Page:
Advice on Writing a Paper

It is worth writing well!

The better your paper is written, the more people will read it. Don't let poor writing drive away scientists who should be reading and appreciating your scientific work. Here are a few pointers.

  • Section the paper properly. In particular, keep methods out of the Results section. Too many papers provide a Methods section, then introduce further methods in the Results section. This is sloppy and distracts the reader from the logical flow of the results. It is sometimes useful to merge the Results and Discussion sections, but more often this approach leads to a trackless, sprawling Results and Discusion section that buries the chief points of the paper hard to find.
  • Make your points. Identify the key conclusions of your work and state them clearly and succinctly in the Abstract and in the Discussion. Far too many papers say that "important insights were gained", but do not explicitly state the insights. This leaves the reader suspicious that no insights were, in fact, gained.
  • Use correct grammar. Incorrect grammar is jarring to the reader; more importantly, it obscures your meaning. Do not expect your reader to finish reading a paper whose every sentence must be deciphered. If English is not your native language, don't hesitate to get help! Many universities employ professional grant writers who can also help with your papers.
  • Be consistent. Scientific papers are hard to understand; consistency can make yours easier to read. For example:
    • Use consistent terminology even at the risk of seeming repetitive. Clarity is more important than elegance. (Thanks to Barry Honig for this paraphrased advice.)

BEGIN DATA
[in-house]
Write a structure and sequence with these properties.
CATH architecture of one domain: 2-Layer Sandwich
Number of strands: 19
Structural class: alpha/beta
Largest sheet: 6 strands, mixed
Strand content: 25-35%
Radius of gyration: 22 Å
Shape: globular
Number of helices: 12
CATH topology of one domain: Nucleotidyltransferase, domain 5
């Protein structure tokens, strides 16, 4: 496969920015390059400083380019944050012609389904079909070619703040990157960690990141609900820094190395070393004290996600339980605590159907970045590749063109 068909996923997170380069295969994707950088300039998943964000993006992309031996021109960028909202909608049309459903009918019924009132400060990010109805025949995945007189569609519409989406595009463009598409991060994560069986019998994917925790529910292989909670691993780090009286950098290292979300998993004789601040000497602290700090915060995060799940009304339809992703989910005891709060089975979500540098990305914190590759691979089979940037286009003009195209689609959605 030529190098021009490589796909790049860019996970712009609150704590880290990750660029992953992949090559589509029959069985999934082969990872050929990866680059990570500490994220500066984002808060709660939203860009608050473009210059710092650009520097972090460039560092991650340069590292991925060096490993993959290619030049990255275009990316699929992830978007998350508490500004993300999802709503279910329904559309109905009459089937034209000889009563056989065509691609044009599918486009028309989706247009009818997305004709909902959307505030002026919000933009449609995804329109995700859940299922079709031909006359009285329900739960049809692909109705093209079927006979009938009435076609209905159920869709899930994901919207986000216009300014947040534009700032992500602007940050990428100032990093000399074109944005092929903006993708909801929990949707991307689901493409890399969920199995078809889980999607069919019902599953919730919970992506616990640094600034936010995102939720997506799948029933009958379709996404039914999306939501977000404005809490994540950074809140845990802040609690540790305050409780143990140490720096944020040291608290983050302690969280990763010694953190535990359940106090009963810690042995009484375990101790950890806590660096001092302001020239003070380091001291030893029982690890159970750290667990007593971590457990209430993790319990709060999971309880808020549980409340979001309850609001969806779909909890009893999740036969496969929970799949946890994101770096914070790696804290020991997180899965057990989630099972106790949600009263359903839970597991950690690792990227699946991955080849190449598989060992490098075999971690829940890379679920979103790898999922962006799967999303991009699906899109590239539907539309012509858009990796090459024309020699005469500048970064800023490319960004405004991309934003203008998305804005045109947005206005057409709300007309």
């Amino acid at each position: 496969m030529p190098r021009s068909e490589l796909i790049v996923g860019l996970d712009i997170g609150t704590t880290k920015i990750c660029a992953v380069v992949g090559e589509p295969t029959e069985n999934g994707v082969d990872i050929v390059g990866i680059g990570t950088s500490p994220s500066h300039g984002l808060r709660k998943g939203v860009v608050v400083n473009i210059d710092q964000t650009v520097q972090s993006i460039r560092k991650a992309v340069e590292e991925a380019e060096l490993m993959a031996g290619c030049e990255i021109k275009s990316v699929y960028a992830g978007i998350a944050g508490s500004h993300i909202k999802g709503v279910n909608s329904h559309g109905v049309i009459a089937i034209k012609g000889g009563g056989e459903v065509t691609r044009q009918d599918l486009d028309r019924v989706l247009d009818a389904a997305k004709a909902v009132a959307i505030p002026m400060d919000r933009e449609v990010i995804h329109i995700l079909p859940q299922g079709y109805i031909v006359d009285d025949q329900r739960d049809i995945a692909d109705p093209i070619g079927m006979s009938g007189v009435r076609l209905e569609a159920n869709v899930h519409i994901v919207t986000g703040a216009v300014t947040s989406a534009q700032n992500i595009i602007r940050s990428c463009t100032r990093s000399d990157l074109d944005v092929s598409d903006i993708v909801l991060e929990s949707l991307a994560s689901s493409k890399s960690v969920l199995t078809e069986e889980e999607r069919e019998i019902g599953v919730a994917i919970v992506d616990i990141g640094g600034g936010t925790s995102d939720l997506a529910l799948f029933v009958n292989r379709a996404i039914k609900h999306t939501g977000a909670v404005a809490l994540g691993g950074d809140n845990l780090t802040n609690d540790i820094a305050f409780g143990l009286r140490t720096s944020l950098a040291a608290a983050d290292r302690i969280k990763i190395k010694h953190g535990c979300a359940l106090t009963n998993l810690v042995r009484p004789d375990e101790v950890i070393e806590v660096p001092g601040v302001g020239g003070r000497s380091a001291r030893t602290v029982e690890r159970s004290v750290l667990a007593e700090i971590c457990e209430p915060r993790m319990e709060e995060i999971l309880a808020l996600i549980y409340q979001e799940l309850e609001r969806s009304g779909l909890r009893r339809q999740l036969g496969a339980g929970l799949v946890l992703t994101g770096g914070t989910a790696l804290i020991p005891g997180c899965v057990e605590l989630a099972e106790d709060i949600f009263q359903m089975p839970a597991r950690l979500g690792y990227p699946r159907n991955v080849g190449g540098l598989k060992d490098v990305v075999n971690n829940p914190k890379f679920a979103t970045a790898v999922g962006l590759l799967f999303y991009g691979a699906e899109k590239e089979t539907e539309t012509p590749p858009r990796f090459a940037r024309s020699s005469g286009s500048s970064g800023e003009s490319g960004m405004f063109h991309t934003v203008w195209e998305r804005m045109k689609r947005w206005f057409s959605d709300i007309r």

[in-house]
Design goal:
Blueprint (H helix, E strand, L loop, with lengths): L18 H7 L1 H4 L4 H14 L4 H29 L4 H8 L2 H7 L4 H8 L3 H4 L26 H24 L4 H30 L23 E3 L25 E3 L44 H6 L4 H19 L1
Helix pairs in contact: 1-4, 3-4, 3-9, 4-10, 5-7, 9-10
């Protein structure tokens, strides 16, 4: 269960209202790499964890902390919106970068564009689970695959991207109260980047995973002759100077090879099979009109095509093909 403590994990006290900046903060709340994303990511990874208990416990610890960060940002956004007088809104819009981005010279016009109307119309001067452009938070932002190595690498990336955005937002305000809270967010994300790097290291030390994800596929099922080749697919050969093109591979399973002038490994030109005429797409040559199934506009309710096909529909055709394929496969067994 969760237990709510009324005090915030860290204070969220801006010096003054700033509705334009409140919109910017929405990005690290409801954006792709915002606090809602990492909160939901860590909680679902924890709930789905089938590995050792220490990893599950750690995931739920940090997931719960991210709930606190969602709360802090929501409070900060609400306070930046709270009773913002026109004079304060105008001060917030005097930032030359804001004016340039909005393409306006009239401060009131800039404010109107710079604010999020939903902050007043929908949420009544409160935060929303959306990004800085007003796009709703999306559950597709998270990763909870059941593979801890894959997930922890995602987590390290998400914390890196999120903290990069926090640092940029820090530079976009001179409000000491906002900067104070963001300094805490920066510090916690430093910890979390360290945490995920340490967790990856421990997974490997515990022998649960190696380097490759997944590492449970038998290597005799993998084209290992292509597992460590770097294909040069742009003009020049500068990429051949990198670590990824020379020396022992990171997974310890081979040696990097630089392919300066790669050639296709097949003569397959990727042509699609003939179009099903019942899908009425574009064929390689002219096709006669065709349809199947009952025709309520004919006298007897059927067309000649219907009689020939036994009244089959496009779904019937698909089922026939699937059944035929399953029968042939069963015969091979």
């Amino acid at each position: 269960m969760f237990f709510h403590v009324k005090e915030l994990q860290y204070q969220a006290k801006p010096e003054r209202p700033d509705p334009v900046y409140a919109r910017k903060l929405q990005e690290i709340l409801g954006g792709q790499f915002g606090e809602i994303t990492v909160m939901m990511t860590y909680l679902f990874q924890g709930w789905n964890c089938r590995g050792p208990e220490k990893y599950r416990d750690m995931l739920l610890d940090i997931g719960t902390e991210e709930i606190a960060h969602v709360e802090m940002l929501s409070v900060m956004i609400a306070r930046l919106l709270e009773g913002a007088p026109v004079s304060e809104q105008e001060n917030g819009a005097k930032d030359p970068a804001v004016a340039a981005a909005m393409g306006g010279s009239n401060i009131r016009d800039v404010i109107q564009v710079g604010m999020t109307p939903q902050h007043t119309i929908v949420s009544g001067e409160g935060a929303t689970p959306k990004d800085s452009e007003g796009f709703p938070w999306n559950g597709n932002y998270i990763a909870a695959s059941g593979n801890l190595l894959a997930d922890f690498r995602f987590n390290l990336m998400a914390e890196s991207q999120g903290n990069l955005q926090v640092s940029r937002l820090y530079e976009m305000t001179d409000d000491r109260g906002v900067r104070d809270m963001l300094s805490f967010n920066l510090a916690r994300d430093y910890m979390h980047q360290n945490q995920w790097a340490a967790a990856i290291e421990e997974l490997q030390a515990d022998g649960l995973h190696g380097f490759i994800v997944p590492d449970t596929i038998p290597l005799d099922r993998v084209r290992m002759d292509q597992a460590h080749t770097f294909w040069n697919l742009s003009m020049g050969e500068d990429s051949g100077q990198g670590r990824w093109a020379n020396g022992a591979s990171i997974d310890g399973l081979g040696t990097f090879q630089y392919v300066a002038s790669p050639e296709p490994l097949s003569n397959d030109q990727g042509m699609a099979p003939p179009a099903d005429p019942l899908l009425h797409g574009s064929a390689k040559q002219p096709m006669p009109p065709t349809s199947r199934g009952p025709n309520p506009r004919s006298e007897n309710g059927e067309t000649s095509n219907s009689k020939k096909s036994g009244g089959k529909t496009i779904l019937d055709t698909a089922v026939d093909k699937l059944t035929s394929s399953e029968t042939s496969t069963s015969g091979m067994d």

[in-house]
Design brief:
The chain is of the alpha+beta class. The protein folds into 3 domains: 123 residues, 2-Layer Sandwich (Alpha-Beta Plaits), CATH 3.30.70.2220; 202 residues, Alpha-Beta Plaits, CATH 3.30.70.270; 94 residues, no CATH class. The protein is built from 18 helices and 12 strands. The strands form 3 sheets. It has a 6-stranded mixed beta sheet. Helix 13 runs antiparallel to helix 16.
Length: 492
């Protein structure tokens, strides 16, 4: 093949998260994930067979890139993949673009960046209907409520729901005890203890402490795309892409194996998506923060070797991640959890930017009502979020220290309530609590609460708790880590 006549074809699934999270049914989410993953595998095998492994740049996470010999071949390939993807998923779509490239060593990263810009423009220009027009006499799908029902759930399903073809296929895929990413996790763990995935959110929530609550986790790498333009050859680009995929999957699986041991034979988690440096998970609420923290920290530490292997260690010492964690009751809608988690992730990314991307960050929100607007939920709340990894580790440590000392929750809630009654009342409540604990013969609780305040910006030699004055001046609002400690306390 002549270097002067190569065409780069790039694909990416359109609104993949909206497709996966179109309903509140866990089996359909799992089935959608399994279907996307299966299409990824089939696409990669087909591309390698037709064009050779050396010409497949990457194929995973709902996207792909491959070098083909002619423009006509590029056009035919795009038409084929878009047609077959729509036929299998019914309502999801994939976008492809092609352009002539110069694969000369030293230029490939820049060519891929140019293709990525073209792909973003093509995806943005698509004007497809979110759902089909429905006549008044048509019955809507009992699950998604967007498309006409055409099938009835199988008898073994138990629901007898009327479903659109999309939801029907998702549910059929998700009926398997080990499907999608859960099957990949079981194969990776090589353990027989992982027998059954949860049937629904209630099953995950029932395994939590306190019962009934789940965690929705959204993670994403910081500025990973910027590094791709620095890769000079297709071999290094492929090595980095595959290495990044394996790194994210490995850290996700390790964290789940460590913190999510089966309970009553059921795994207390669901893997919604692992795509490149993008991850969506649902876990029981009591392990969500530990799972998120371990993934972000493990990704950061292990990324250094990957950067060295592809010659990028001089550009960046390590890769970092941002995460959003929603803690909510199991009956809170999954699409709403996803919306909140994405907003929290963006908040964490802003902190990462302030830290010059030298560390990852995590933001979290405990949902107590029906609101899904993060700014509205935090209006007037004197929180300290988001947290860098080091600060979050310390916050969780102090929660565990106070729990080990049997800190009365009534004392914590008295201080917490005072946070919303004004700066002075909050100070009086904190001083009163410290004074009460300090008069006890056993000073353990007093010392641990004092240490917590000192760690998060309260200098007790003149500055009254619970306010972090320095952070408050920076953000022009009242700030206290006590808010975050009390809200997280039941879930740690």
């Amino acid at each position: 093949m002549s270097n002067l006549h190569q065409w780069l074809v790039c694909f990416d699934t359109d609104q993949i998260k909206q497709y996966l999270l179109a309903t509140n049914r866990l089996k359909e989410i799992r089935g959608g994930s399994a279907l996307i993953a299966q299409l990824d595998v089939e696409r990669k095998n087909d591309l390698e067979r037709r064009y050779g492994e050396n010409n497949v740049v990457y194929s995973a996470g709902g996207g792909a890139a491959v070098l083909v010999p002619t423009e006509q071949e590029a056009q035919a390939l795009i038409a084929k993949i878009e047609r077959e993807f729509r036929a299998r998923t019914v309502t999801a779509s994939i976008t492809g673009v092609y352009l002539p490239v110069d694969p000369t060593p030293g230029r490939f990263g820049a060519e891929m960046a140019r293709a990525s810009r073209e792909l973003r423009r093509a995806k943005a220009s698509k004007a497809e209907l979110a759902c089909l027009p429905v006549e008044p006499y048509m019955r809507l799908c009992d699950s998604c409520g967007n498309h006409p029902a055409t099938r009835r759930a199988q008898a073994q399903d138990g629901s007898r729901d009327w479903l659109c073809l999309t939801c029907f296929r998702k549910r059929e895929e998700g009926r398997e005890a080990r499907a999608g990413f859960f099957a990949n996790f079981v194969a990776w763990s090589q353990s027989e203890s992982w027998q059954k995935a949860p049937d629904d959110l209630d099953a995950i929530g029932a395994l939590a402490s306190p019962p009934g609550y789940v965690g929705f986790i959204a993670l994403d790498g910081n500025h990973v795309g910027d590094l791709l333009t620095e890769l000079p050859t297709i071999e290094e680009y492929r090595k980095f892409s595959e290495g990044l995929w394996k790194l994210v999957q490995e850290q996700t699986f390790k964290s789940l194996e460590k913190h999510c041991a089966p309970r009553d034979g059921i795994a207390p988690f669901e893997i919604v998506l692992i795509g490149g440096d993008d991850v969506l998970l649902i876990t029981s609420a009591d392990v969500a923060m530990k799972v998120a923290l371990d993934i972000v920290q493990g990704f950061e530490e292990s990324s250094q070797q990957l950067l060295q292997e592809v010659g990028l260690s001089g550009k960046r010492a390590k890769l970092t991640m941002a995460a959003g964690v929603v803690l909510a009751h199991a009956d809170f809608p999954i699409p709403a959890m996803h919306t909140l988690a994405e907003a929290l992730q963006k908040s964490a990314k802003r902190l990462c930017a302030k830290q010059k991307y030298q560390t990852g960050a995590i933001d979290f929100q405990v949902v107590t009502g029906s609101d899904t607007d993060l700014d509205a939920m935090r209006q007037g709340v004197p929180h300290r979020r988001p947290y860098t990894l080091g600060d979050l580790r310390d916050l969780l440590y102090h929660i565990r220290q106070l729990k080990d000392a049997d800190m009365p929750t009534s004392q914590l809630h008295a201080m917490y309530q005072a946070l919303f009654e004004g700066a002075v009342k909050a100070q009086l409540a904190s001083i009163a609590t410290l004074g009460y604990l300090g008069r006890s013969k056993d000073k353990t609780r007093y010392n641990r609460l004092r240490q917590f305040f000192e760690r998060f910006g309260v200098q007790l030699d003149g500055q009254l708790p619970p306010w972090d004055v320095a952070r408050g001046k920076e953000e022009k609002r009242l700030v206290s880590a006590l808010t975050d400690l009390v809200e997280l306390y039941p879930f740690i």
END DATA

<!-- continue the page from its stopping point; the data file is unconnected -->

• The order of the rows of data tables should match the order of presentation in Results. Then your reader can follow the text by going down the rows one by one.
    • The column headers of your tables should be consistent across tables. For example, if you use G for free energy in one table, use it in the other tables as well.
  • Provide overviews. Start the Methods section with an overview of the methodologic approach. Then describe the methods in more detailed subsections.
  • Don't ramble. Beware of writing long, boring descriptions of your results. Focus on the results that support your conclusions. The other details can be summarized in tables, figures, and/or supplementary materials.
  • Provide supplementary materials. A paper is supposed to allow the reader to reproduce your work. This ideal is not always achievable, but providing supplementary files of data, structural information, methods, graphs, etc., can go a long way.

And here is some great writing advice from Ira Herskowitz via Dyche Mullins!

And... more great writing advice from Dan Zuckerman!